Well, the reviews have started coming in for The Da Vinci Code, a movie I am not going to see when it opens this weekend.
The Cannes Film Festival viewers snickered, and burst out laughing at the pompousness of the movie’s climactic moment … Variety calls the movie “stodgy” and “grim” … AFP reports that the Boston Globe called Tom Hanks “a zombie,” and that British radio called the dialogue “cheesy” … The Hollywood Reporter called Hanks’ performance “remote” and “wooden,” and the movie itself drowning in “dramatic inertia.”
Hollywood is still predicting it will make money. But maybe not; they have been wrong before, and even the true believers might not want to sit through two and half hours of cheesy dramatic inertia.
Ian McKellan, who plays someone in the movie, recently said he thought the Bible should come with a fiction disclaimer in the front. Pastors who say it doesn’t matter whether one believes evolution, are you listening?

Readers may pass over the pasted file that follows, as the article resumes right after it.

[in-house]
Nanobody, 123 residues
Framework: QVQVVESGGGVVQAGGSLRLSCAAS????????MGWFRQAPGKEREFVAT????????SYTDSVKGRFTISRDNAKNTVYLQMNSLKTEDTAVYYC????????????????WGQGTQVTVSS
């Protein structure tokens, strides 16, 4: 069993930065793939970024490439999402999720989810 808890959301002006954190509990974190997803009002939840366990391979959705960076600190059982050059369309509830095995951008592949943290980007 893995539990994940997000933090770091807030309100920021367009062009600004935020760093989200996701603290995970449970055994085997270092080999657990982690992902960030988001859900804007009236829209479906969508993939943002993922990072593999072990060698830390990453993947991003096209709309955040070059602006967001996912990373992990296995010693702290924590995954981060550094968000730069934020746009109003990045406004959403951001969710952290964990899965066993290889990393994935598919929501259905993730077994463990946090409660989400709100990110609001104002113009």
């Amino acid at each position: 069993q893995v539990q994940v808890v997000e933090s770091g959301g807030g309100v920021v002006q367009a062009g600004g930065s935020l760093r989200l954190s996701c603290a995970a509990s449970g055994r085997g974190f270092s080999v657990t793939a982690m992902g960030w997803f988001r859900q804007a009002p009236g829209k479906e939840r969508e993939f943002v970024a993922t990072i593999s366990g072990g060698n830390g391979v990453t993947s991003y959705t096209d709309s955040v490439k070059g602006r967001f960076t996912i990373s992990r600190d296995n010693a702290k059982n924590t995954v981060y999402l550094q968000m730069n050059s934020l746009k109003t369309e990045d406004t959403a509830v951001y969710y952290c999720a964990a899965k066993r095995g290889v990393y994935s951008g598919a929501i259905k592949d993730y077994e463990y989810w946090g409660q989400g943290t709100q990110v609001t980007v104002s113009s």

Recently I mentioned The Da Vinci Code book in a blog post, with links to many articles which have debunked the book’s premises as false and historically invalid. Hank Hanegraaff of the Christian Research Institute says of the movie, “It’s the last thing anyone intended, but Hollywood just handed believers like you and me a significant opportunity to share the gospel with the world.” Read his new book, authored with acclaimed New Testament scholar, linguist, and historian Paul L. Meier, The Da Vinci Code: Fact or Fiction? to help confront the heresies. The Christian Research Institute also maintains a very helpful resource page of books covering all aspects of the controversy.